It is difficult to believe that a low-cost and “unsophisticated” movie like Slumdog Millionaire could win eight Oscars. However, there is one thing about this particular movie that made an indelible impact in the lives of its viewers, and millions of others who heard about it. The central message communicated in the movie was optimism. By virtue of being unpretentious about life and its challenges, the movie allows people to face difficulties with courage and confront the future with a positive attitude.
This corresponds to another interesting phenomenon that takes place at Harvard University. The most famous class at Harvard University, attended by some 900 students twice a week, is a class on Positive Psychology taught by a young professor named Taal Ben Shahar. This class focuses on providing insight that leads students to the path of happiness, optimism, and hope. There are more students enrolled in this class than classes that teach them how to make more money and become rich, i.e., Economics. This goes on to show that people value virtues and positive life experiences, even more than money and success in career.
Why do we need it?
Research indicates that optimistic people are generally healthier as a result of the harmony experienced between the mind, body, and spirit. On the other hand, being pessimistic significantly reduces longevity, increases stress, and deters achievement as well as productivity.
At school, the difference between an optimistic and pessimistic child is invariably noticeable. A pessimistic child engages in persistent negative self-talks to the extent that he believes that he is not “good enough.” This feeling discourages him from even trying to experience success. His abilities remain dormant because he refuses to let go of his incarcerating negative thoughts and their corresponding behaviors.
Surprisingly, this is the state of majority of students in schools. Pessimism does not care about nationality, race, socio-economic status, and gender. It plagues everyone equally, especially children and teenagers as their negative thoughts often go unchecked, hence uncorrected.
Optimism can be taught! Teachers have the opportunity to plan and deliver lessons on optimism, or they could creatively integrate optimism into all other subjects. Some educators believe that this kind of teaching is more important and effective compared to merely teaching of academic subjects. In the future, success will not determined by mastery of knowledge and/or skills alone. The increasingly complicated nature of our world and its requirements will severely punish and drain people’s sense of hope and meaning, unless they are prepared to see things positively. Only an optimistic person would succeed because he would consistently re-frame crises into opportunities through creative solution finding.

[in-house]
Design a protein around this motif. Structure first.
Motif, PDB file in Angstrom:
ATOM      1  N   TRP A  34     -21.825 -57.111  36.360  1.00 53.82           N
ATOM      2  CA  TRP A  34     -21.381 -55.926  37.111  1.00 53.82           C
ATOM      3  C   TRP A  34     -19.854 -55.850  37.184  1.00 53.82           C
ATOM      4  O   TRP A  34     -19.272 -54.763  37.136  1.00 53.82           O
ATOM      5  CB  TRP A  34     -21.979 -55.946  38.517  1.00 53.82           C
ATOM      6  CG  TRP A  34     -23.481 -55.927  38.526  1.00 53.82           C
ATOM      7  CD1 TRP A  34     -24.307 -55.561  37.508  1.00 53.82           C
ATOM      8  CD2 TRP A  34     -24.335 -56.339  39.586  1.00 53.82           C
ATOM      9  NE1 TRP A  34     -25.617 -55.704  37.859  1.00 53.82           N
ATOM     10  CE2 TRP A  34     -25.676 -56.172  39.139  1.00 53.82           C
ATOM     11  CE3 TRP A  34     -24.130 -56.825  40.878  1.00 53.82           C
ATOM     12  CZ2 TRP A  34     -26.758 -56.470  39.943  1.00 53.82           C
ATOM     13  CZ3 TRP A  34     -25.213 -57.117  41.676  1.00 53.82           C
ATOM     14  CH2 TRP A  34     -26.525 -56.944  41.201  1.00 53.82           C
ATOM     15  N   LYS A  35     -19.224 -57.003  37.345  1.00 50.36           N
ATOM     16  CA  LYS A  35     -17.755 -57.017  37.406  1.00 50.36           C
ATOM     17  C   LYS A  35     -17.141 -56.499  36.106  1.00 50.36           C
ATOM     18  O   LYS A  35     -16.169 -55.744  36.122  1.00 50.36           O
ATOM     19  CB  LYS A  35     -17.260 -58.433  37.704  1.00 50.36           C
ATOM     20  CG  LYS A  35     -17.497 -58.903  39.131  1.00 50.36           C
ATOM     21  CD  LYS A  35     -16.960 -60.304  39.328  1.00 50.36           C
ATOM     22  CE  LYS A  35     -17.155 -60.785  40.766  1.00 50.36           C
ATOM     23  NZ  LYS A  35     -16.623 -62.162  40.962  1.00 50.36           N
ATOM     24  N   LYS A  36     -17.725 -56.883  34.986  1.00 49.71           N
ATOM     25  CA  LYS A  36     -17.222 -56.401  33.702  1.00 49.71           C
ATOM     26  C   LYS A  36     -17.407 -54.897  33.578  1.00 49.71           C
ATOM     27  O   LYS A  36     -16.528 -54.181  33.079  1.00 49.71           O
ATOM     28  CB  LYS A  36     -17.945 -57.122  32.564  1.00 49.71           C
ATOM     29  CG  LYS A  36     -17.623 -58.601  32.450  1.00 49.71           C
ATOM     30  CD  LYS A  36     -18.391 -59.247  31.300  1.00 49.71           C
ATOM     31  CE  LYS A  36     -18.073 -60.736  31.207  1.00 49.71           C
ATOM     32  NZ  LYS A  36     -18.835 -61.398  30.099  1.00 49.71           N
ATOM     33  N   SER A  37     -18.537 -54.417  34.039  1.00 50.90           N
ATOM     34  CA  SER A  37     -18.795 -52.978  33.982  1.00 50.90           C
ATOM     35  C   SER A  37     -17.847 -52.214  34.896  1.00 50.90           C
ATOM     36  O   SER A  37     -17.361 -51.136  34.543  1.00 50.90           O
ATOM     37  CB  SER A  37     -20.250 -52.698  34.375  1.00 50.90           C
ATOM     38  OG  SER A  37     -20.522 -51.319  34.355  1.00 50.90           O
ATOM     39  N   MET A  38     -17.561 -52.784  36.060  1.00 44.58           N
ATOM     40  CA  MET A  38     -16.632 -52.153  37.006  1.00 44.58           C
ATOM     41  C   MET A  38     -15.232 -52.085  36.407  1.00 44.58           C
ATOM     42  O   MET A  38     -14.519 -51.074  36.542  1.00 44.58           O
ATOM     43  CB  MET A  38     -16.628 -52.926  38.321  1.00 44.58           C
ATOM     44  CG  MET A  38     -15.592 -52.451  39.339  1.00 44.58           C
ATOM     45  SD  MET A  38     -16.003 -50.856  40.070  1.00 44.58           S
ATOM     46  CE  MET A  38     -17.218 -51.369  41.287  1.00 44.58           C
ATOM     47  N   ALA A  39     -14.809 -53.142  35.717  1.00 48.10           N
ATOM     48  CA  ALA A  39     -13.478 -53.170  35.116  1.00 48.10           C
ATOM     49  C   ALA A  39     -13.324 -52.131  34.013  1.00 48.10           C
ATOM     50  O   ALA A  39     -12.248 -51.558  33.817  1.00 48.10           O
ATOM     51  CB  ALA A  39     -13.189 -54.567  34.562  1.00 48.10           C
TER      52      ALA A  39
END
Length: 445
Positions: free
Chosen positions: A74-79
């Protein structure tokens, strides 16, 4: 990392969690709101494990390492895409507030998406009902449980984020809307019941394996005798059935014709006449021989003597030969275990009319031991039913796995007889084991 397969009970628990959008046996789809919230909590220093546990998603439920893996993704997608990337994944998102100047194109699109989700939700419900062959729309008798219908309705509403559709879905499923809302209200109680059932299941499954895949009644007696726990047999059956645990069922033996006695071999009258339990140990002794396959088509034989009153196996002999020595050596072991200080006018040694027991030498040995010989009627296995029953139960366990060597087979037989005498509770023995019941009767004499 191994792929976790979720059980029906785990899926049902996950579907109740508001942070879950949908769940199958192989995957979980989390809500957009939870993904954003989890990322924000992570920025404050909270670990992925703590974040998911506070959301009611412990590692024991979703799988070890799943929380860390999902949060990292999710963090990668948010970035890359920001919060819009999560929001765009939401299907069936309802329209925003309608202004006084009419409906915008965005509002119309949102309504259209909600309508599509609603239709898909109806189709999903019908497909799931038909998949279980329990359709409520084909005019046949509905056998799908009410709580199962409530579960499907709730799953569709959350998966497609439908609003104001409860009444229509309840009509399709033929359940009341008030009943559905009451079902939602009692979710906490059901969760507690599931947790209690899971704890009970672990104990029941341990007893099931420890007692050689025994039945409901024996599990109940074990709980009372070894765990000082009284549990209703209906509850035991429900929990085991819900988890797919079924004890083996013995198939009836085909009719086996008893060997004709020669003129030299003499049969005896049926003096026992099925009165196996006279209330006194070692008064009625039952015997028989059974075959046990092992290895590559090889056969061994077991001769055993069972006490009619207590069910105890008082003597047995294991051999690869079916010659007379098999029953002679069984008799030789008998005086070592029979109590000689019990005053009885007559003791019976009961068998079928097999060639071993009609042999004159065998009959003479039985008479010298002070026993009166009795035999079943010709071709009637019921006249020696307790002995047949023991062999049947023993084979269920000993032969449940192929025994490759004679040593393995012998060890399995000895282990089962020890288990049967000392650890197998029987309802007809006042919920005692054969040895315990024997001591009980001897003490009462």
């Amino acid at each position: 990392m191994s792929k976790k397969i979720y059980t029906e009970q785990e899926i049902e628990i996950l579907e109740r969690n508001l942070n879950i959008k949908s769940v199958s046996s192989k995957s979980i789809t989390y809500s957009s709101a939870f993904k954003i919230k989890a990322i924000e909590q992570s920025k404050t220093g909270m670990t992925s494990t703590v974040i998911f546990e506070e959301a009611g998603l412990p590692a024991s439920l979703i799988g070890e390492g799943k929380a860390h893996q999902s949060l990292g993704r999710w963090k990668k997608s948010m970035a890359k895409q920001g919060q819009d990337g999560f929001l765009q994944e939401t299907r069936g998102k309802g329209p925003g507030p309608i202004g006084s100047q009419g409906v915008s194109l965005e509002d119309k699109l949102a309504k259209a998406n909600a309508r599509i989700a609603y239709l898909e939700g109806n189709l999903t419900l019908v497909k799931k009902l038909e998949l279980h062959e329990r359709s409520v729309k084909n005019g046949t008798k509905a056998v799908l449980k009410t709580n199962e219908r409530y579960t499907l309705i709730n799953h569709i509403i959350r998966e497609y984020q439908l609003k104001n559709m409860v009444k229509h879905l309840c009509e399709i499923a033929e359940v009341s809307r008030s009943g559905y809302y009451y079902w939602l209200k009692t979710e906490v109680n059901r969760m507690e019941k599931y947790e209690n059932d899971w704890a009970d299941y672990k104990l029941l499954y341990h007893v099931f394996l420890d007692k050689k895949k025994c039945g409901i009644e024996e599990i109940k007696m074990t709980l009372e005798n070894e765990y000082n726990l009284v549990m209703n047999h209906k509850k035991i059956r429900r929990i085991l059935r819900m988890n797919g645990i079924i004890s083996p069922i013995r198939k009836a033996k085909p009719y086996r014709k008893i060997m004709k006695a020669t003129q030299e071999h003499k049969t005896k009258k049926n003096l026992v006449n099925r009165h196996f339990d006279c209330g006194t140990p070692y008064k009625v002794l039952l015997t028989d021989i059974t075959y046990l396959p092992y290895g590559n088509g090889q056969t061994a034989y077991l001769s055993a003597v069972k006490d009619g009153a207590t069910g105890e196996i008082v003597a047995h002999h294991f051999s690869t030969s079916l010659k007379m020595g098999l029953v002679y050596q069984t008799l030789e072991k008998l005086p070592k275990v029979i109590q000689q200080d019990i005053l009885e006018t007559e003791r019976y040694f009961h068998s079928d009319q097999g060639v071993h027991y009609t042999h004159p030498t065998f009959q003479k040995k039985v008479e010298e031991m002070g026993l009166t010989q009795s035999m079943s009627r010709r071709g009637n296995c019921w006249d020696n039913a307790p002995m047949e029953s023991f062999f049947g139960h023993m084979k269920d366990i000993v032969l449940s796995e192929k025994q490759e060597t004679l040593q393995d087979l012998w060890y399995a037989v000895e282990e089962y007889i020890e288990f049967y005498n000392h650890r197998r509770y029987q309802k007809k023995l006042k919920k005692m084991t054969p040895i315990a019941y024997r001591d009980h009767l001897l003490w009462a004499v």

Optimism in action
Regardless of a child’s current level of performance, it is the moral duty of every teacher to design learning opportunities to enable him to experience success. Without the experience of success, students are not motivated to achieve. Without achievement it is impossible to become positive about present and future responses. Even the lowest achieving student could be helped to experience success by deliberately observing and acknowledging his progress over time. Praising and reinforcing the slightest improvement in such a case would help the child a great deal to strive to do better next time.
In the face of failure, it is more constructive to recall past successes and use them as a frame of reference to move into a more optimistic future. Teachers should avoid labeling and liberate students from limiting terms such as “high or low performers.” Rather, it is healthier to help an individual student to become engrossed in developing himself by comparing qualitative differences in his own performances across subjects, tasks, and cognitive engagements.